### Shorter-wider table problem

I failed to publish this the other day since Blogger was acting up. I'll try it now.

1) You can solve this using algebra: set width to be x, the length is then 3x. We know these two will be equal if the former is increased by 3, and the latter is decreased by 3:

But since this is supposed to be a 6th grade problem, surely we can find another way to solve it, as well.

2) Think of the two quantities length and width as just numbers. If you reduce one by 3, and increase the other by 3, they will "meet" or be the same. Below, I've drawn the two numbers as lines; you could use bars.

length |---------------------------------|

width |----------|

If I decrease the length by 3 and increase the width by 3, they'll be equal:

length |---------------------|<------------|

width |----------|--------->|

So... the DIFFERENCE between these two is 6. The difference of 6 is also TWO TIMES the original width, because remember the length is 3 times the width.

So the original width is 3 m and the original length is 9 m (a giant table!).

3) Solving it geometrically is also quite easy. First draw a table that looks about 3 times as long as it is wide. Then trace the sides if it was a square, making the long side shorter, and short side longer:

It sure looks like that the side of the square should be double 3, or 6. The original sides would then be 3 and 9. And you can easily check out that those work.

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I feel like the numbers in this problem are almost too easy. But maybe this problem could be used as a stepping stone for a harder version of the same.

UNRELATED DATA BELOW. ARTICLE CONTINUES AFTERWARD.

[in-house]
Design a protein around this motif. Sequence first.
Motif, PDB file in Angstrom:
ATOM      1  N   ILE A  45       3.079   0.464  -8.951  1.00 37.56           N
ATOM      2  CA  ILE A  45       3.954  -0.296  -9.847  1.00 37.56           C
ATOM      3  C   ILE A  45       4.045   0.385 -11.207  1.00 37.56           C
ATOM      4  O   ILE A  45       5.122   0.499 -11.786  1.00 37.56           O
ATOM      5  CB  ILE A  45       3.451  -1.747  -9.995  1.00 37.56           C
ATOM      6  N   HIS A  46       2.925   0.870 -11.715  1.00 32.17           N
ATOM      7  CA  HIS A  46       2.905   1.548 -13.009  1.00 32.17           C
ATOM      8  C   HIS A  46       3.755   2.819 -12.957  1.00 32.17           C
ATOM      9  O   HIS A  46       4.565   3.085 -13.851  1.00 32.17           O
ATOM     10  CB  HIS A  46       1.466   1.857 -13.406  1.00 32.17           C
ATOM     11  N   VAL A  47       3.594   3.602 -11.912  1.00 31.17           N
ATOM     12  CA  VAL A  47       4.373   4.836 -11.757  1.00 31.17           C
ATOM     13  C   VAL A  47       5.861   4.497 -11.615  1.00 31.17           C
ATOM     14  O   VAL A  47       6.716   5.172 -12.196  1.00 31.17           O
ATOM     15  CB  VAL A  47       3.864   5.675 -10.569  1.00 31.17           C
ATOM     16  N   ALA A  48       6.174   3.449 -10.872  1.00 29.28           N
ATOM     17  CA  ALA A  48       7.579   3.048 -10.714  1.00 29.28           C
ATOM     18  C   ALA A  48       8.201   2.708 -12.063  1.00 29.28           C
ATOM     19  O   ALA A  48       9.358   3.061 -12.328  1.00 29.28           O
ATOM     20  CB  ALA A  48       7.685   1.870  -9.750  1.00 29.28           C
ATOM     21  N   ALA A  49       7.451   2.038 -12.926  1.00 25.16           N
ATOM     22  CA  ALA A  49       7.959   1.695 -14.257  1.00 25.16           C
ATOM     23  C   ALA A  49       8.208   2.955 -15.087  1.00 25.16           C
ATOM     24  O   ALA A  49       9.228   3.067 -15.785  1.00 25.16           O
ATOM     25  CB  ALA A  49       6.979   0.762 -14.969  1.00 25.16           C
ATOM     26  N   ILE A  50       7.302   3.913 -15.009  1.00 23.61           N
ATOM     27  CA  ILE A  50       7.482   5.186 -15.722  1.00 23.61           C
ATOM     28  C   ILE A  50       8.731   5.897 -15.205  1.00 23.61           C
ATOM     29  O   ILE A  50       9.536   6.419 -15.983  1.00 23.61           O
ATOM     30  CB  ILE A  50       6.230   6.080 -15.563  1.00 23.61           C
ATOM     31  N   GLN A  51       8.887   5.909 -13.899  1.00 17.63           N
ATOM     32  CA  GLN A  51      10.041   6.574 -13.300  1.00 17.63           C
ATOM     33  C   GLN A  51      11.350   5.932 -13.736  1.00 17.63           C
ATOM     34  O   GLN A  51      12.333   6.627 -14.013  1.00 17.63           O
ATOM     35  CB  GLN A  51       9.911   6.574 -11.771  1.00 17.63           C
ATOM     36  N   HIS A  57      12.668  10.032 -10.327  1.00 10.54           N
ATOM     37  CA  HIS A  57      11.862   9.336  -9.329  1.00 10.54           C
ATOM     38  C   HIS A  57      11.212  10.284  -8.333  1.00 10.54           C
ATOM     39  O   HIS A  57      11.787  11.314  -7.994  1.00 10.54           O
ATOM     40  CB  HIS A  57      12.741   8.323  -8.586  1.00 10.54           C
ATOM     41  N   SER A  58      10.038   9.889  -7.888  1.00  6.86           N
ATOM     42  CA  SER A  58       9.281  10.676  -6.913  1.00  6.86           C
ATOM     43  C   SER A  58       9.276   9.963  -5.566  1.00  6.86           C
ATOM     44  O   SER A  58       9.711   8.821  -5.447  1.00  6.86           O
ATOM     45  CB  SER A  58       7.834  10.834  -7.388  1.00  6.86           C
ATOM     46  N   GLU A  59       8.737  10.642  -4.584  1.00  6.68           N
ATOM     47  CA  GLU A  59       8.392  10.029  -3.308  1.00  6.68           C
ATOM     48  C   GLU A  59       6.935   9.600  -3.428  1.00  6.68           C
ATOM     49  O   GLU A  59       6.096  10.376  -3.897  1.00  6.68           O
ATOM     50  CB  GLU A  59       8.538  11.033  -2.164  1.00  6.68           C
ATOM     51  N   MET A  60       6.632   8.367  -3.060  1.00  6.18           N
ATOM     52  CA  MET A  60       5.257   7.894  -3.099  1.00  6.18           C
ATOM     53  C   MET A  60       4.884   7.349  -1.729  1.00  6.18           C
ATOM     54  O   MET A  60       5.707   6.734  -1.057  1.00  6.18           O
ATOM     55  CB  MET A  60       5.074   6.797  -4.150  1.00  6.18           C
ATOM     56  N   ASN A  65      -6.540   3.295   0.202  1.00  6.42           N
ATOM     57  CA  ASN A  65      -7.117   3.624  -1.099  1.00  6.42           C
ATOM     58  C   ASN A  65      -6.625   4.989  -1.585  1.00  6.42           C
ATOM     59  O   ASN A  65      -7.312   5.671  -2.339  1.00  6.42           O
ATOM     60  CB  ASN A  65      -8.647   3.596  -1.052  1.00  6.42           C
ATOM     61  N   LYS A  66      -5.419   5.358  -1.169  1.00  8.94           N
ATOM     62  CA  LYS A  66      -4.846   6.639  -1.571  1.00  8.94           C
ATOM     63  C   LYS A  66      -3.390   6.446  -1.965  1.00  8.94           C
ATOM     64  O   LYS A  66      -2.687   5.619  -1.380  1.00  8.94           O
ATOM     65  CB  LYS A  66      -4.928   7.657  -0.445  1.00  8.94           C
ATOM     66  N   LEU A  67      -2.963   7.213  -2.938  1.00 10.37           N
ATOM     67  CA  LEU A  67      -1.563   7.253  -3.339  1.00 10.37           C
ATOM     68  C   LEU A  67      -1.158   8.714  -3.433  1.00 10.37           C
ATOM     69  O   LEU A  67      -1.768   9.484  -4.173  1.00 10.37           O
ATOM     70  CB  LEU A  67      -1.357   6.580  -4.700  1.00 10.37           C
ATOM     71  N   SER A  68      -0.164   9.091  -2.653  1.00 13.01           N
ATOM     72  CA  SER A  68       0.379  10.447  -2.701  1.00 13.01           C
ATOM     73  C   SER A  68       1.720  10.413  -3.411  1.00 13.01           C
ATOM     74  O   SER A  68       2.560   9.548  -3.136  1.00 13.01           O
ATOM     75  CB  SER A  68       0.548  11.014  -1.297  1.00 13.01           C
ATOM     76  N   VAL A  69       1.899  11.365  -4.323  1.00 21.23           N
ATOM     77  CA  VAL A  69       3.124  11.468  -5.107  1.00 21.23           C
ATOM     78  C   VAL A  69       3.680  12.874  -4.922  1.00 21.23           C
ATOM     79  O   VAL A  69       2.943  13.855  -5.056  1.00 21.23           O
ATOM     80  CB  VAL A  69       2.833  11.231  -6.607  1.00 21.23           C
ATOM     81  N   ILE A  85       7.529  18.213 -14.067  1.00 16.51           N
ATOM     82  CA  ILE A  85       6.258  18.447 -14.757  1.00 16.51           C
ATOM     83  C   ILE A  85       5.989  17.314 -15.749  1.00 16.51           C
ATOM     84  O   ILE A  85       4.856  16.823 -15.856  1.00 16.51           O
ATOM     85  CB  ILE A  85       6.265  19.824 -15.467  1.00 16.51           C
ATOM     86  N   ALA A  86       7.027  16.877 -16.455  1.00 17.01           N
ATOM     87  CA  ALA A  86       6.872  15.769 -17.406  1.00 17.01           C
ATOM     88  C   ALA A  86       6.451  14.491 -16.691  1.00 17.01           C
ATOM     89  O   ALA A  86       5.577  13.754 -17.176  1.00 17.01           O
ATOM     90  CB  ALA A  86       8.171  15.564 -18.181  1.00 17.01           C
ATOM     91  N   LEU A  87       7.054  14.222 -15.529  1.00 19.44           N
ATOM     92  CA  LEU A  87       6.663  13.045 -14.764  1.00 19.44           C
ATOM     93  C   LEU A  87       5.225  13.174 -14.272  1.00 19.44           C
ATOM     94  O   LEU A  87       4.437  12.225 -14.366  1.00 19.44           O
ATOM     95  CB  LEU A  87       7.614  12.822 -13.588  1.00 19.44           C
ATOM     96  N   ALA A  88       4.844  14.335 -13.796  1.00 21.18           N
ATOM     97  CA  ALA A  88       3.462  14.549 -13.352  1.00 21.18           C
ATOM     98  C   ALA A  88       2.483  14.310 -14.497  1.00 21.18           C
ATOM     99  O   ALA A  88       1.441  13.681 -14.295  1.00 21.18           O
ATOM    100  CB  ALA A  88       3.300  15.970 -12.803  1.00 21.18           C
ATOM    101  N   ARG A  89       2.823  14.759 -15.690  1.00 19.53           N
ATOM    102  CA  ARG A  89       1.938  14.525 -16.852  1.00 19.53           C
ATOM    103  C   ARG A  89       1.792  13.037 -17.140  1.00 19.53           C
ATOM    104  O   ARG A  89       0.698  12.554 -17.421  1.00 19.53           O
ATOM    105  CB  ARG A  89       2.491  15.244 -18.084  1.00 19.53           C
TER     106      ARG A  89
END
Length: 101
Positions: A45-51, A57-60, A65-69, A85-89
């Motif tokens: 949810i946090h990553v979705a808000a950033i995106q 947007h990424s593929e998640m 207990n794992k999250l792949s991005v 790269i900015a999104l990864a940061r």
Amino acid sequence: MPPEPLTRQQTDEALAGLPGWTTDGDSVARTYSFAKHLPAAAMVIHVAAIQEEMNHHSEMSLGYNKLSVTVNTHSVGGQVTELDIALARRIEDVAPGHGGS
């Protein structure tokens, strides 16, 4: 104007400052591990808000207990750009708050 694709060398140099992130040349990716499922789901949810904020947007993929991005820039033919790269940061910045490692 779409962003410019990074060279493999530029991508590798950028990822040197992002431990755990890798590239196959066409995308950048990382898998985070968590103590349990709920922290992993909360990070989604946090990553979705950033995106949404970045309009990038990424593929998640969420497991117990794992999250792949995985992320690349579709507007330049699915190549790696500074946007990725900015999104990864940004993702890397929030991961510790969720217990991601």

A rectangular kitchen table is three times as long as it is wide.

If it were 3 m shorter and 3 m wider it would be a square.

What are the dimensions of the rectangular table?

1) You can solve this using algebra: set width to be x, the length is then 3x. We know these two will be equal if the former is increased by 3, and the latter is decreased by 3:

x + 3 = 3x - 3

2x = 6

x = 3.

The dimensions are 3 and 9.

But since this is supposed to be a 6th grade problem, surely we can find another way to solve it, as well.

2) Think of the two quantities length and width as just numbers. If you reduce one by 3, and increase the other by 3, they will "meet" or be the same. Below, I've drawn the two numbers as lines; you could use bars.

length |---------------------------------|

width |----------|

If I decrease the length by 3 and increase the width by 3, they'll be equal:

length |---------------------|<------------|

width |----------|--------->|

So... the DIFFERENCE between these two is 6. The difference of 6 is also TWO TIMES the original width, because remember the length is 3 times the width.

So the original width is 3 m and the original length is 9 m (a giant table!).

3) Solving it geometrically is also quite easy. First draw a table that looks about 3 times as long as it is wide. Then trace the sides if it was a square, making the long side shorter, and short side longer:

It sure looks like that the side of the square should be double 3, or 6. The original sides would then be 3 and 9. And you can easily check out that those work.

--------------------------------------------------------------

I feel like the numbers in this problem are almost too easy. But maybe this problem could be used as a stepping stone for a harder version of the same.

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